Mom: Are you guys going to get cronuts while you're there?
Me: How do you even know what a cronut is?
Mom: They were talking about them on the news.

Holy cow. You know it's big when my mom has heard about it. So anyway, we got to the bakery a good two hours before the opening and ended up being 10th and 11th in line. One of the men in line in front of us turned out to be a homeless guy who had been paid $40 by a yuppie to wait in line for him. (!) When Dominique opened up the shop, he was really nice and said hi to everyone, but he refused to allow one guy in because he was an honest-to-God CRONUT SCALPER. Seriously, these people buy the cronuts for $5, then turn around and sell them for $20 - $50. EACH.

Long story short(-er), the cronuts were delicious. Maybe not worth standing in line for two hours again, but definitely worth it for the experience. We also went back to the bakery later in the week to try some of the other pastries; I actually preferred the salted-caramel eclair to the cronut.

Our Monday night was spent at my favorite Brooklyn bar, The Way Station. It's Doctor Who-themed! The walls are decorated in steampunk paraphernalia and the bathroom entrance is a TARDIS (because it's bigger on the inside):

The reason we went to the Way Station on this particular night, however, was because of the band playing there: The Doubleclicks! My current favorite song (and not just because they dedicated it to me, the only English major in the crowd) is "Oh, Mr. Darcy," which you can hear here:

We didn't have anything planned for Tuesday, but while I was getting ready in the morning Jon managed to get us tickets to that day's taping of The Daily Show. This involved going to Hell's Kitchen in the afternoon to stand in line to pick up the tickets, then coming back an hour and a half later to wait in line for the actual taping.
The show was great; John Oliver is incredibly funny and the guest was one of my favorite comedians, Jim Gaffigan.

Continuing our comedy motif, that night we went to the Sweet Comedy Show. It was kind of a weird show - the comedians were great, but there were some very drunk hecklers in the balcony that really detracted from the show and threw off the vibe of the room. By a strange coincidence, I had read this excellent essay by Patton Oswalt earlier the same day. To read about how hecklers can affect a show and then to actually see them do it was disconcerting. I was glad when they finally left (after being called out by the comedians and yelled at by the rest of us in the audience), but I felt really bad for the comedians who had to put up with them during their sets.

That seems like a really weird place to end this part of the travelogue, so instead I'll leave you with this list of the 10 most satisfying cases of hecklers getting destroyed. Stay tuned for Part Two!

Sunday, March 31, 2013

Slow Carb Day 1

Last month, some of my friends started the Slow Carb diet and really enjoyed it. It's basically a modified paleo diet: no dairy, fruit, or carbs. It sounded terrible to this particular cheese-bread-and-banana-lover, but they lost a lot of weight and felt healthier, so my boyfriend and I decided to give it a try, too. We He invested in a fancy scale that measures BMI, fat %, muscle %, water %, etc, and I set up a new Excel document so we can track the numbers (nerd alert!). One thing I've already learned: weigh yourself in the morning! I lost 4.5 pounds between last night and this morning.

We just finished our first meal on the diet: a breakfast of egg whites, spinach, black beans, and salsa. It was more eggs than I'm used to eating early in the morning (1 1/8 cup of liquid egg whites!), and it's definitely filling. We get a cheat day on Saturdays, so went spent yesterday eating whatever we wanted to prepare. This included dim sum, Moe's (which is actually okay on the diet, provided you forgo the rice, cheese, chips, and sour cream), and King of Pops. One of the suggestions for the diet is that you take a picture of everything you eat. The idea is that if you are too embarrassed to post the picture where others can see it - and mock you for not sticking to your diet - then you probably shouldn't put it in your body. I've been using Foodspotting for a while now as just a way to keep track of foods that I like, so if you're at all interested in seeing what I'm eating you can follow me there.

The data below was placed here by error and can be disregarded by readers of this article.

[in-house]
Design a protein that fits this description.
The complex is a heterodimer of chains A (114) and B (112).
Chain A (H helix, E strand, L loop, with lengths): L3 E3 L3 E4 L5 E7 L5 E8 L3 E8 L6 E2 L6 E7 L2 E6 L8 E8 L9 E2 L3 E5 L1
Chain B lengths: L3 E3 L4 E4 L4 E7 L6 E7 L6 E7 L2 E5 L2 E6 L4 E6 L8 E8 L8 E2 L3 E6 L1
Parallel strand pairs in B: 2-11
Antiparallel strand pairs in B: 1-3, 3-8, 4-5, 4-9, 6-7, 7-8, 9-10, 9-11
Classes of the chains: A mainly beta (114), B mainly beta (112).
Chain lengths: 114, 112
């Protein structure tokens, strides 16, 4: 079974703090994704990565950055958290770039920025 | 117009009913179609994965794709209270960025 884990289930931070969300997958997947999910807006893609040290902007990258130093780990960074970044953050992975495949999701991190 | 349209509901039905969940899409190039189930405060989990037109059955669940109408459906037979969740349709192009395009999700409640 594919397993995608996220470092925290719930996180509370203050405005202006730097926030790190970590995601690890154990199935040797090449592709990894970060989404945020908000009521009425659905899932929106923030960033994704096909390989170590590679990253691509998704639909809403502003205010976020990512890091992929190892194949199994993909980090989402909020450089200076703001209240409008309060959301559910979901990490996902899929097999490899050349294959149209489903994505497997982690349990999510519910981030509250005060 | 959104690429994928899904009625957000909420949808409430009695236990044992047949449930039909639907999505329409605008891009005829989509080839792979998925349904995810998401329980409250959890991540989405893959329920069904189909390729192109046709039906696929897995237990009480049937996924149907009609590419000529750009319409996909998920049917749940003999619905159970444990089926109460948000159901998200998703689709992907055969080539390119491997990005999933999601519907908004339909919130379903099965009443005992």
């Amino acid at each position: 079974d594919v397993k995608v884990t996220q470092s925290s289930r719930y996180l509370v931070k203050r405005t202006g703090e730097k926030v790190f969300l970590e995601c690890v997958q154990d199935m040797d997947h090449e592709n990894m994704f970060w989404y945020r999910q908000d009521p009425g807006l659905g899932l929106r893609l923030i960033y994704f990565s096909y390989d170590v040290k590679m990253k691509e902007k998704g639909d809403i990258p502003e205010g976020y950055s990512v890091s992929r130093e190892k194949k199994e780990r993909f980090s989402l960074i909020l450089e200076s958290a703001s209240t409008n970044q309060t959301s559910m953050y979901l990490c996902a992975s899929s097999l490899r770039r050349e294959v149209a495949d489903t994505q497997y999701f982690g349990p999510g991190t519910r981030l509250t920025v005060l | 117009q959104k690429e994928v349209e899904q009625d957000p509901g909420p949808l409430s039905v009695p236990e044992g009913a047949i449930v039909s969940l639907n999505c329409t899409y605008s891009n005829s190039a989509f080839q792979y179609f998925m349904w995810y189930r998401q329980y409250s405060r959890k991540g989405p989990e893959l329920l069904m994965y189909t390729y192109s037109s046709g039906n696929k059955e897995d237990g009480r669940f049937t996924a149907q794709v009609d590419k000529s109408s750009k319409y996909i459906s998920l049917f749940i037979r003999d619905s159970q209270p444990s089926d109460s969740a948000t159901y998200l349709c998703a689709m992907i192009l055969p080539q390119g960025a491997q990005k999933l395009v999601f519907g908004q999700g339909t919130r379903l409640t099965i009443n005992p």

The creator of the diet claims that you can lose 20 pounds in 30 days without exercising. I'm curious to see if that's true (my friends didn't lose nearly that much), but I'll also be continuing with my walking/running training with my Nike+ app. I just recently finished my first half-marathon of the year and am contemplating doing the Women's Nike full marathon in San Fransisco later this year with Team in Training. My only hesitation would be the fundraising costs associated with it, but I feel like I have a good support system in place and have gotten to the point in my training where I can take it to the next level. I was really proud of my performance in the Publix Georgia half. I beat six of my records (at least according to Nike+): 1 mile, 1k, 5k, 10k, half-marathon, and distance.

Wednesday, January 02, 2013

Running tips from a fat girl

This past New Year's Eve, my boyfriend and I went to my sister's house. When someone inquired why I wasn't drinking, I explained that we were doing the Resolution Run 5k the next morning, so we didn't want to be hungover. One of my sister's well-intentioned friends then started talking about a woman she worked with who had lost a lot of weight by running.

Now, I love my sister's friends (even though quite a few of them have morphed into those annoying, "let me tell you all about my precious child" people that I purposely hide posts from on Facebook), but this kind of thing happens to me almost every time someone hears that I run or have completed a few half-marathons. Yes, I am overweight. No, I am not running (well, walk/running) to loose that extra weight. At least, not completely. In the three years since I've started participating in running events, I've only lost about 15 pounds. Part of that is because I'll never really be as serious about it as some people, but another part is that I just run for fun. It got me thinking, though: I've actually learned quite a bit about this sport, and (since one of my resolutions is to write more) I decided to dust off the old blog and share what I know (or at least, am somewhat opinionated about) with the Internet.